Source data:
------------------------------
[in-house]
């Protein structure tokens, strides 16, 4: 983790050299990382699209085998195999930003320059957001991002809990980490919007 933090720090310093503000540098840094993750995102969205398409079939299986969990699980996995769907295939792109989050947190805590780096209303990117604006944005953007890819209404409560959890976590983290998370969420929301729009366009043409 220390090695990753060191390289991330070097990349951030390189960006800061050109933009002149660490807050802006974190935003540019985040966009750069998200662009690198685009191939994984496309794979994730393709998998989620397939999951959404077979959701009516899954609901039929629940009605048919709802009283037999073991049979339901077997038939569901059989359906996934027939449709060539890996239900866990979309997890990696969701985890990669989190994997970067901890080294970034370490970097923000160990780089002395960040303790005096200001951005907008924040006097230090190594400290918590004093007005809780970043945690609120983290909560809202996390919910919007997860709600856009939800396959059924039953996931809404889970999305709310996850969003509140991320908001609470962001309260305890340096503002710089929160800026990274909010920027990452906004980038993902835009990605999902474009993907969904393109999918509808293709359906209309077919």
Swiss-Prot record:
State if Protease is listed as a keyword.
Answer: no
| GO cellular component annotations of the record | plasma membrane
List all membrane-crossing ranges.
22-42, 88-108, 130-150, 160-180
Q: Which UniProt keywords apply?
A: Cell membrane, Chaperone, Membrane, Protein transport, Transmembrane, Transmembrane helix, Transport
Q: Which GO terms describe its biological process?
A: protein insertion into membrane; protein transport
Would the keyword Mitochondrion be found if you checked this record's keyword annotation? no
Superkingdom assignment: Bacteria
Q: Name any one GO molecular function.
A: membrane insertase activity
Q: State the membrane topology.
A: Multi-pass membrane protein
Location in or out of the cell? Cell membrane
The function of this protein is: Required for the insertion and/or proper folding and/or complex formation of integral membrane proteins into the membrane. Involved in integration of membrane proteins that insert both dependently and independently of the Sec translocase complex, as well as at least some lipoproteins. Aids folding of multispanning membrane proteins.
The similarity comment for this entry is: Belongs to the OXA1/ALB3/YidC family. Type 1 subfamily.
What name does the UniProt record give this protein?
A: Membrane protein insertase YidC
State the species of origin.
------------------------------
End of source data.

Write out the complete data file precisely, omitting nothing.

[in-house]
């Protein structure tokens, strides 16, 4: 983790050299990382699209085998195999930003320059957001991002809990980490919007 933090720090310093503000540098840094993750995102969205398409079939299986969990699980996995769907295939792109989050947190805590780096209303990117604006944005953007890819209404409560959890976590983290998370969420929301729009366009043409 220390090695990753060191390289991330070097990349951030390189960006800061050109933009002149660490807050802006974190935003540019985040966009750069998200662009690198685009191939994984496309794979994730393709998998989620397939999951959404077979959701009516899954609901039929629940009605048919709802009283037999073991049979339901077997038939569901059989359906996934027939449709060539890996239900866990979309997890990696969701985890990669989190994997970067901890080294970034370490970097923000160990780089002395960040303790005096200001951005907008924040006097230090190594400290918590004093007005809780970043945690609120983290909560809202996390919910919007997860709600856009939800396959059924039953996931809404889970999305709310996850969003509140991320908001609470962001309260305890340096503002710089929160800026990274909010920027990452906004980038993902835009990605999902474009993907969904393109999918509808293709359906209309077919």
Swiss-Prot record:
State if Protease is listed as a keyword.
Answer: no
| GO cellular component annotations of the record | plasma membrane
List all membrane-crossing ranges.
22-42, 88-108, 130-150, 160-180
Q: Which UniProt keywords apply?
A: Cell membrane, Chaperone, Membrane, Protein transport, Transmembrane, Transmembrane helix, Transport
Q: Which GO terms describe its biological process?
A: protein insertion into membrane; protein transport
Would the keyword Mitochondrion be found if you checked this record's keyword annotation? no
Superkingdom assignment: Bacteria
Q: Name any one GO molecular function.
A: membrane insertase activity
Q: State the membrane topology.
A: Multi-pass membrane protein
Location in or out of the cell? Cell membrane
The function of this protein is: Required for the insertion and/or proper folding and/or complex formation of integral membrane proteins into the membrane. Involved in integration of membrane proteins that insert both dependently and independently of the Sec translocase complex, as well as at least some lipoproteins. Aids folding of multispanning membrane proteins.
The similarity comment for this entry is: Belongs to the OXA1/ALB3/YidC family. Type 1 subfamily.
What name does the UniProt record give this protein?
A: Membrane protein insertase YidC
State the species of origin.